How is “Rabbi, where are you staying?” an answer to “What are you looking for?” unless of course what the two disciples are looking for is a place to stay. In that case “Come and see” is exactly what they want to hear and before you know it at least one of the two disciples of John the Baptist, namely Andrew, has moved in with Jesus and found a spot on the couch for his brother Peter as well. Six chapters later Andrew will find a boy whose mother packed him a sack lunch and bring him to Jesus and Jesus will turn the boy’s five small barley loaves and two sardines into a feast for more than 5000. That’s what happens when “Where are you staying?” is really “Can we come with you?” and “Come and see” is really “Follow me.” It’s not any different today, although the Gospel makes everything except the crucifixion sound easier than it really was. Andrew leaves the familiar to follow the Lamb of God that takes away the sin of the world and Simon, whose name means “to hear”, listens to his brother without any evidence that what Andrew is saying is true and subsequently becomes Peter “the “rock” on whose confession the church is built, though that will get him crucified just like Christ he confesses. I do not believe God orchestrates all the details of our lives, but like the two disciples of John I do believe God can be found in the timing of chance encounters and overheard conversations that lead those of us who have found a dwelling place in the Christ to step out of our comfort zone and for a moment be Andrew inviting those who God has put in our path to “Come and see.”
Thursday, January 12, 2017
1 Corinthians 1:1-9
The opening verses to the Corinthian correspondence follow the Pauline pattern of over the top thanks for the faithful (the letter to the Galatians being the exception) before getting down to the heart of the matter. “I hear there are quarrels among you…” (1:11) While Paul might not always haven “given thanks” for his brothers and sisters in Corinth he did have affection for them and hoped that they might live more fully into the gifts God had given them. To our great benefit his struggle with those puffed up with pride produced “Love is patient and kind…” which is as good a prose as has ever been penned. The foundation upon which 1 Corinthians 13 “love is” depends is the faithfulness of God who called the Corinthians into fellowship (1:9) and enriched them with gifts so that they might be a blessing to each other and subsequently the world. We might lament of all the ways in which the church has not lived out the grace of its calling but I think a better approach is to marvel at the ways the church works despite its being led by and inhabited by less than perfect people. So we should not be surprised that the Corinthians coveted the gifts without giving credit to the giver. Or that the Galatians gave up the radical freedom of the Gospel for the familiar security of the law. We should be surprised that despite our failings we will be blameless on the day of our Lord Jesus Christ, which might mean we try harder in the here and now to live into our inheritance.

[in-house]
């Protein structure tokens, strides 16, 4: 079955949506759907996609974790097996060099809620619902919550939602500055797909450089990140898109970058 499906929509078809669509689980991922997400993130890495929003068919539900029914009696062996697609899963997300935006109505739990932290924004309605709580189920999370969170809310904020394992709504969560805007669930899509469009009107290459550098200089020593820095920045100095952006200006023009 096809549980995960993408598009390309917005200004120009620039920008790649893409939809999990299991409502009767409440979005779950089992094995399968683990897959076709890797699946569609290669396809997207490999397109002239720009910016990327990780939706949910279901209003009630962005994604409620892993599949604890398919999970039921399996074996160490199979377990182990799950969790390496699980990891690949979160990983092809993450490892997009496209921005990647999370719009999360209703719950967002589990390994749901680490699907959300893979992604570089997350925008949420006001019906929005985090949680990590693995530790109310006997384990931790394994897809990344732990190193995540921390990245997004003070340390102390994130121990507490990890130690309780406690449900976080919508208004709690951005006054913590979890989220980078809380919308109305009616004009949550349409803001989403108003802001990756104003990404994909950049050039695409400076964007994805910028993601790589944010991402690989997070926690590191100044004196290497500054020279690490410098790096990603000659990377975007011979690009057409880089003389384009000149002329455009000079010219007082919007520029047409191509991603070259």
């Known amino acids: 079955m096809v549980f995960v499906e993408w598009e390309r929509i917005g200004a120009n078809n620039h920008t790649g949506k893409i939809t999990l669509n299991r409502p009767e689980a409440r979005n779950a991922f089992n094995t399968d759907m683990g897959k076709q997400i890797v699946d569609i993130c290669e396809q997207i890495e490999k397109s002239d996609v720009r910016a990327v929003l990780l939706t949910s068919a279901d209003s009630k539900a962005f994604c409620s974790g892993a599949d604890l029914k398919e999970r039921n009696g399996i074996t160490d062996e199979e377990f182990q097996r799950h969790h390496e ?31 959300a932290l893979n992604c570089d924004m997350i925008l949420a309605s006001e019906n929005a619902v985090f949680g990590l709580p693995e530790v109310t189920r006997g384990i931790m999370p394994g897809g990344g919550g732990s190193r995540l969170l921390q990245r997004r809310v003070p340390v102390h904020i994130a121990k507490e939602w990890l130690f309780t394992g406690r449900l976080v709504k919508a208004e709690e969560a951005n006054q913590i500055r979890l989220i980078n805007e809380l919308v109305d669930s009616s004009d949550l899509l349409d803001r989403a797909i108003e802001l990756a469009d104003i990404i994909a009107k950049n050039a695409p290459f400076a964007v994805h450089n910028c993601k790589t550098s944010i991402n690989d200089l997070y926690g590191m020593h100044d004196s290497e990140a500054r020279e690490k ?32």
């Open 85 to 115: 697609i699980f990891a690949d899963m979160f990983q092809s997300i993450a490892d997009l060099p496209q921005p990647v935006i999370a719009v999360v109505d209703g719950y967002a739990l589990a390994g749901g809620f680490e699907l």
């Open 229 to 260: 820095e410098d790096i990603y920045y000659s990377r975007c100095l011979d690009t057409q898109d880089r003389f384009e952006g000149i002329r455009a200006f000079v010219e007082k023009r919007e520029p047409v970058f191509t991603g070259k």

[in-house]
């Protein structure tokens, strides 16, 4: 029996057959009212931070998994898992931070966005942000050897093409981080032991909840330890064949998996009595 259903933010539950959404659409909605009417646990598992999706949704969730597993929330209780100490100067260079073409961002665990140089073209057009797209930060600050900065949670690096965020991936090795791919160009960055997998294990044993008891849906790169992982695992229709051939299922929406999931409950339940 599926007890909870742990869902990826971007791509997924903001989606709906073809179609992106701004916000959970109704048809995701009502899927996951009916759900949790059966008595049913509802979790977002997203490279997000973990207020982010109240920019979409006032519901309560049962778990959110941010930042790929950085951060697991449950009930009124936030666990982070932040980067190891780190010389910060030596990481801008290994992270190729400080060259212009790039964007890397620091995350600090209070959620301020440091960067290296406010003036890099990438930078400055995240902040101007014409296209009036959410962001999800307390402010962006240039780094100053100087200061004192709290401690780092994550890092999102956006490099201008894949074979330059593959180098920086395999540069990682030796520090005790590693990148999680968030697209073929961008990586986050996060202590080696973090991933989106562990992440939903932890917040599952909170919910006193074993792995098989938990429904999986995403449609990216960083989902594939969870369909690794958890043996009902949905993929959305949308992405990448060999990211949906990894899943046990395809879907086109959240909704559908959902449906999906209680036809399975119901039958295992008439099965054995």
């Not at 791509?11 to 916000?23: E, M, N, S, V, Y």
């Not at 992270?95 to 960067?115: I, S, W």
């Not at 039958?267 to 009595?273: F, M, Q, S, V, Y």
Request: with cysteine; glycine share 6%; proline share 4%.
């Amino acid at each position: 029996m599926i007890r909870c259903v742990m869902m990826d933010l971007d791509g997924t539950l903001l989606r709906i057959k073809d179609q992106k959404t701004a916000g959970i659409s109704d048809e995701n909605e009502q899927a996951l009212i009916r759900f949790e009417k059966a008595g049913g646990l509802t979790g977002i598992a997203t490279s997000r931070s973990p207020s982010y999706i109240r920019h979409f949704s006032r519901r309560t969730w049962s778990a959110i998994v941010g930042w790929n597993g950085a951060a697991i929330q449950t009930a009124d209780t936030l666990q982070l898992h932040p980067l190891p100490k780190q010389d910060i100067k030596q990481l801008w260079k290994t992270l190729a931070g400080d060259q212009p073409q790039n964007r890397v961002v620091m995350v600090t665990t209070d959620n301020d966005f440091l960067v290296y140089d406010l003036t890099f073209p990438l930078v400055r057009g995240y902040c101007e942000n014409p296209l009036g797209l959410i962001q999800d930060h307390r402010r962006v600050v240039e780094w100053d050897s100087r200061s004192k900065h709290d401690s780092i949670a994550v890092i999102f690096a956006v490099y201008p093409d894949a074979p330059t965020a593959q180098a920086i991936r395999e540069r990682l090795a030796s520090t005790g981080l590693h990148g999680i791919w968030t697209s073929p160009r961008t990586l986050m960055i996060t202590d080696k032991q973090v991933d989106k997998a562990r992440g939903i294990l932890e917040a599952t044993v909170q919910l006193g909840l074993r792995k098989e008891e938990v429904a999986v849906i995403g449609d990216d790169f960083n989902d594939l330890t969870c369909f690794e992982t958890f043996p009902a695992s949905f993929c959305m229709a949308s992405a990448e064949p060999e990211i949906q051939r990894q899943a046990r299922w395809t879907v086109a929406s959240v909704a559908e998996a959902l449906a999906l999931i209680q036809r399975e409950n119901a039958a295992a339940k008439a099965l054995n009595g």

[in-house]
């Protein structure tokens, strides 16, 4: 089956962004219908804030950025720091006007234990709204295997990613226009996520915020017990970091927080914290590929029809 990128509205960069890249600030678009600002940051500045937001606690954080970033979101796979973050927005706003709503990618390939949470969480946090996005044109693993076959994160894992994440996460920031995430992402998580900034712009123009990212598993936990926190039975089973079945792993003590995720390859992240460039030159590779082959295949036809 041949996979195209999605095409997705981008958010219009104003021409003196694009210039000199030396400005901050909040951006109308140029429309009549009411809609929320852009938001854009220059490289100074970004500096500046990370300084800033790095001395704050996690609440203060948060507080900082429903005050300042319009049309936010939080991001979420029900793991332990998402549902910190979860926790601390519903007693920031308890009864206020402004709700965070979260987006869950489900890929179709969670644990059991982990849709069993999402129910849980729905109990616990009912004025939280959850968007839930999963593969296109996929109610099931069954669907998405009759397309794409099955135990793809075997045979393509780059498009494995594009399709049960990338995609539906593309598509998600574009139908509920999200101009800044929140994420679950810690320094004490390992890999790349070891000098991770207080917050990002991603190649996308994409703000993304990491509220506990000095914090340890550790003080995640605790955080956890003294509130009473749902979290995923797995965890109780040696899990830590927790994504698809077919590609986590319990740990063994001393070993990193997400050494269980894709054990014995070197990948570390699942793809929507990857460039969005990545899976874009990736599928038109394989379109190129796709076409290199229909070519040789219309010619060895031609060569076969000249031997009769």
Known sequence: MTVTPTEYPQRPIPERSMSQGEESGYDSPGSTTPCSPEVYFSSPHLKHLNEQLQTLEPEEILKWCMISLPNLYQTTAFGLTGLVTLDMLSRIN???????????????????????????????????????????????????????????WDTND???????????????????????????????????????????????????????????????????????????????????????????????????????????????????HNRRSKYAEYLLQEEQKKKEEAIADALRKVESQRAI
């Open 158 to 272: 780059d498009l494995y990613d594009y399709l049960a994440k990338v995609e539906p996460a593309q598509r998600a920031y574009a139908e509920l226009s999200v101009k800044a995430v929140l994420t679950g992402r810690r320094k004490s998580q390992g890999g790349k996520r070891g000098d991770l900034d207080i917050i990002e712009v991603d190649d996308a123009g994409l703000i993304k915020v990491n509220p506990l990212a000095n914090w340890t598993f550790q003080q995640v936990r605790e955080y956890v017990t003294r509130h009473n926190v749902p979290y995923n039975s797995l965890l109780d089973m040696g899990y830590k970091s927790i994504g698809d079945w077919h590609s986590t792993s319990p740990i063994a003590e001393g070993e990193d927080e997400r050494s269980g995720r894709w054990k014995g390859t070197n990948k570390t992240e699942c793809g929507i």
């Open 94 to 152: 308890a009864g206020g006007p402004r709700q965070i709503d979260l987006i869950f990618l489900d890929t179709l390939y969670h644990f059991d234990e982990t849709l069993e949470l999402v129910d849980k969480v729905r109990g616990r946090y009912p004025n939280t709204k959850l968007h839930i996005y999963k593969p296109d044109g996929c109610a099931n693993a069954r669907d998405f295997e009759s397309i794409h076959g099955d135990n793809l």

Tuesday, January 10, 2017